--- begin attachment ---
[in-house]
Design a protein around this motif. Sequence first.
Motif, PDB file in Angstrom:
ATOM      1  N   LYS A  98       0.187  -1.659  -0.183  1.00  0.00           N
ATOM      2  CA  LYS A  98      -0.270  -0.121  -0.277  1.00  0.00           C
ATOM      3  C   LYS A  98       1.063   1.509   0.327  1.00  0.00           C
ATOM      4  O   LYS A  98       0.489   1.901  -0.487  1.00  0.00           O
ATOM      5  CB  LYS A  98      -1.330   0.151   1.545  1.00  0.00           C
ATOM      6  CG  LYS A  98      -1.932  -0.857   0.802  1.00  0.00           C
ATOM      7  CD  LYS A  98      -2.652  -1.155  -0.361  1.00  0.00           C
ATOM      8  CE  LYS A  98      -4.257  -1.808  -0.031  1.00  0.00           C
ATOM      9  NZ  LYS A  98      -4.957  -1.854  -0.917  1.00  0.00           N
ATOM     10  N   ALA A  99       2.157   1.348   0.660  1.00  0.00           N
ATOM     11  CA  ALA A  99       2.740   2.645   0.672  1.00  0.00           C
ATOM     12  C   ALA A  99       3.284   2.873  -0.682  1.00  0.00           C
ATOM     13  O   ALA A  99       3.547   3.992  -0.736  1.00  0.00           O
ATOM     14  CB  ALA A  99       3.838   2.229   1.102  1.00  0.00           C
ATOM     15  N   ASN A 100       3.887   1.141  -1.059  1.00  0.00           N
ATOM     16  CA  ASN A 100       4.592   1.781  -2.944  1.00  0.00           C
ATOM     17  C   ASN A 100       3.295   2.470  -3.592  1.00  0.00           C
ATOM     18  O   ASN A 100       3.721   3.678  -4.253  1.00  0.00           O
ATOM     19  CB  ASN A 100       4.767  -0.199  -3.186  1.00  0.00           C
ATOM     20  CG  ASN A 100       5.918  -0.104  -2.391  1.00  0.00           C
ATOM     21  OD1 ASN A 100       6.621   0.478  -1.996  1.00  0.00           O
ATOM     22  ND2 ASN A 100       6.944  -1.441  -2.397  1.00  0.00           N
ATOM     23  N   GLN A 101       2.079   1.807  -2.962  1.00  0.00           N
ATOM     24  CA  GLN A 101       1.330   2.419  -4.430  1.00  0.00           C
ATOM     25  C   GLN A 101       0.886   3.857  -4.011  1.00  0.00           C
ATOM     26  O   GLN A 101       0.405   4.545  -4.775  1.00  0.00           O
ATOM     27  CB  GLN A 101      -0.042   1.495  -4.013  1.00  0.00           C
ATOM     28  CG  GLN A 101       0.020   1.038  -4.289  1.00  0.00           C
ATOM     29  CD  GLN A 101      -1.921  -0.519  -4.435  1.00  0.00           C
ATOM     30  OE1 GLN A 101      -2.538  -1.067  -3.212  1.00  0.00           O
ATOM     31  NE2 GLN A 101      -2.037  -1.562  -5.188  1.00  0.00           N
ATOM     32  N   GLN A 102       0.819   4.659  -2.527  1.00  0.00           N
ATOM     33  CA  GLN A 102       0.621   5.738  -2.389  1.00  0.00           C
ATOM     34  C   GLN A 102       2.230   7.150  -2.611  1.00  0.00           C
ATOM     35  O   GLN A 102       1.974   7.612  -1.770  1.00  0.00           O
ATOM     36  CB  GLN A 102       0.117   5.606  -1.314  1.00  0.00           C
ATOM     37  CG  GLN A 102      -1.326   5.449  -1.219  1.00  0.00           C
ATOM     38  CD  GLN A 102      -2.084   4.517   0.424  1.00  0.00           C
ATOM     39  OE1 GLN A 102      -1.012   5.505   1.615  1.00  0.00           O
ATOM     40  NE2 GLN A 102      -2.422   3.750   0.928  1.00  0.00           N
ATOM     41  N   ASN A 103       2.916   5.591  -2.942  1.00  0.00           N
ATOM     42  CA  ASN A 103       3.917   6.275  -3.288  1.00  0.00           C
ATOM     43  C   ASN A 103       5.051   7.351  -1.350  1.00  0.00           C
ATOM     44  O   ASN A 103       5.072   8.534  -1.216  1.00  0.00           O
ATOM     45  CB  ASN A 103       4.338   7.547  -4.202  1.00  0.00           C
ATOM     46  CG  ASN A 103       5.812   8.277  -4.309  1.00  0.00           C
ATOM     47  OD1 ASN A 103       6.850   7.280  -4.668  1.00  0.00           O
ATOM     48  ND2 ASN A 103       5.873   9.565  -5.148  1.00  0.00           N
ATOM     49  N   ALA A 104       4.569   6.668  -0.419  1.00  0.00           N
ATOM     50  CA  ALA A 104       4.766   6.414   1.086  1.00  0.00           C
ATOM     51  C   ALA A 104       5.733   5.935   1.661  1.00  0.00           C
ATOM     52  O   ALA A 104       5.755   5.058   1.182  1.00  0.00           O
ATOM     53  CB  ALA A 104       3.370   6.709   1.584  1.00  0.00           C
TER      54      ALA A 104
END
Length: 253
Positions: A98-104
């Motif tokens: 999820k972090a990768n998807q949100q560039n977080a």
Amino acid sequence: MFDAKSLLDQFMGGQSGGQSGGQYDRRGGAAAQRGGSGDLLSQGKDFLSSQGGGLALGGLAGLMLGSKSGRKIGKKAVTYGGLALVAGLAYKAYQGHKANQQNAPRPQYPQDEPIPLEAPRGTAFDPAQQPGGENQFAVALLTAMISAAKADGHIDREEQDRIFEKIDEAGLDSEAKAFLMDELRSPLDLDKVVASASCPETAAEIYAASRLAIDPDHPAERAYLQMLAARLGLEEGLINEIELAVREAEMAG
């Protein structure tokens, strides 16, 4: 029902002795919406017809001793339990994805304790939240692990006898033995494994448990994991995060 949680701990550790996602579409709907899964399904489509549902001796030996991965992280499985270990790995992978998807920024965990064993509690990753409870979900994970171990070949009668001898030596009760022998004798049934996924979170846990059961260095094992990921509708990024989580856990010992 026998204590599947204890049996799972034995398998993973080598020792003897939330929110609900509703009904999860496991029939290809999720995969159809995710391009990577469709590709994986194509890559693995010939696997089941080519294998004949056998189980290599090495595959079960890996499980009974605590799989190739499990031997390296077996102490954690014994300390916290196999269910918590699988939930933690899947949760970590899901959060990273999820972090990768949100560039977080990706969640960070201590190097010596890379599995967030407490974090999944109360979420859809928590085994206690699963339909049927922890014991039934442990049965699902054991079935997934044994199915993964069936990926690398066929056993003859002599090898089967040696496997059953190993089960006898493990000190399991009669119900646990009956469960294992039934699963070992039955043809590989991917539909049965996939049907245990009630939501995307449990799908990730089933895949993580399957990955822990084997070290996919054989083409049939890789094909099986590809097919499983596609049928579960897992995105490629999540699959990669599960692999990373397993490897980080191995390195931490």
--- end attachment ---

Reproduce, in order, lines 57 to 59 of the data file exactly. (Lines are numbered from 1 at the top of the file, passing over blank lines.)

TER      54      ALA A 104
END
Length: 253